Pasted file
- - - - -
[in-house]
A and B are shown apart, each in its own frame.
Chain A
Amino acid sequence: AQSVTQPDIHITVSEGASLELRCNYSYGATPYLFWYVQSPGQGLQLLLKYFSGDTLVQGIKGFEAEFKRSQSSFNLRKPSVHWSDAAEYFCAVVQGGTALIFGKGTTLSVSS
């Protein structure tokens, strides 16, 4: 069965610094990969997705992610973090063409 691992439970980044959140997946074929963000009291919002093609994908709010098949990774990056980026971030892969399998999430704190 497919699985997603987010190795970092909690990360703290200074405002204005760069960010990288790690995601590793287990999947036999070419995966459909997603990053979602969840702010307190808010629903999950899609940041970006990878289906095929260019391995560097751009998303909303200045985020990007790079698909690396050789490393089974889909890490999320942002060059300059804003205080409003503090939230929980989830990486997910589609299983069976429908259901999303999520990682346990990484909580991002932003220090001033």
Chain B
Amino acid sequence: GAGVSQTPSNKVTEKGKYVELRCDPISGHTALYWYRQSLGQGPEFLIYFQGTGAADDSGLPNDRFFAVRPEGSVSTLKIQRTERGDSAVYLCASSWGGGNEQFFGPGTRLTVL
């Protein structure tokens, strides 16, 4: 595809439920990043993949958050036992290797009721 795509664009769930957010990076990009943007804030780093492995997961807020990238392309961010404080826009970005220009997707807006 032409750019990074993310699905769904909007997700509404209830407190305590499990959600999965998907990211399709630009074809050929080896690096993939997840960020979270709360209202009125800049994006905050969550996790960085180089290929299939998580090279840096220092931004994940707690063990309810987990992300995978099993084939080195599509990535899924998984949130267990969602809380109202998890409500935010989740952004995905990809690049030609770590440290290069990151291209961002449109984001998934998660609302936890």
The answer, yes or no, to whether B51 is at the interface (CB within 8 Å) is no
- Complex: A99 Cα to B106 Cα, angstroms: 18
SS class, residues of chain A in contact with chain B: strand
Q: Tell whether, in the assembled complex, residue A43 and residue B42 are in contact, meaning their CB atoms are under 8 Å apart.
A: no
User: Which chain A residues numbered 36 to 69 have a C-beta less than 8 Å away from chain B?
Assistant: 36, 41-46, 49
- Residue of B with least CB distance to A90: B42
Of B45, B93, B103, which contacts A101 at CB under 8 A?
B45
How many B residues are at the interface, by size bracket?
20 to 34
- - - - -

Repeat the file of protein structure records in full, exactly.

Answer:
[in-house]
A and B are shown apart, each in its own frame.
Chain A
Amino acid sequence: AQSVTQPDIHITVSEGASLELRCNYSYGATPYLFWYVQSPGQGLQLLLKYFSGDTLVQGIKGFEAEFKRSQSSFNLRKPSVHWSDAAEYFCAVVQGGTALIFGKGTTLSVSS
């Protein structure tokens, strides 16, 4: 069965610094990969997705992610973090063409 691992439970980044959140997946074929963000009291919002093609994908709010098949990774990056980026971030892969399998999430704190 497919699985997603987010190795970092909690990360703290200074405002204005760069960010990288790690995601590793287990999947036999070419995966459909997603990053979602969840702010307190808010629903999950899609940041970006990878289906095929260019391995560097751009998303909303200045985020990007790079698909690396050789490393089974889909890490999320942002060059300059804003205080409003503090939230929980989830990486997910589609299983069976429908259901999303999520990682346990990484909580991002932003220090001033």
Chain B
Amino acid sequence: GAGVSQTPSNKVTEKGKYVELRCDPISGHTALYWYRQSLGQGPEFLIYFQGTGAADDSGLPNDRFFAVRPEGSVSTLKIQRTERGDSAVYLCASSWGGGNEQFFGPGTRLTVL
């Protein structure tokens, strides 16, 4: 595809439920990043993949958050036992290797009721 795509664009769930957010990076990009943007804030780093492995997961807020990238392309961010404080826009970005220009997707807006 032409750019990074993310699905769904909007997700509404209830407190305590499990959600999965998907990211399709630009074809050929080896690096993939997840960020979270709360209202009125800049994006905050969550996790960085180089290929299939998580090279840096220092931004994940707690063990309810987990992300995978099993084939080195599509990535899924998984949130267990969602809380109202998890409500935010989740952004995905990809690049030609770590440290290069990151291209961002449109984001998934998660609302936890």
The answer, yes or no, to whether B51 is at the interface (CB within 8 Å) is no
- Complex: A99 Cα to B106 Cα, angstroms: 18
SS class, residues of chain A in contact with chain B: strand
Q: Tell whether, in the assembled complex, residue A43 and residue B42 are in contact, meaning their CB atoms are under 8 Å apart.
A: no
User: Which chain A residues numbered 36 to 69 have a C-beta less than 8 Å away from chain B?
Assistant: 36, 41-46, 49
- Residue of B with least CB distance to A90: B42
Of B45, B93, B103, which contacts A101 at CB under 8 A?
B45
How many B residues are at the interface, by size bracket?
20 to 34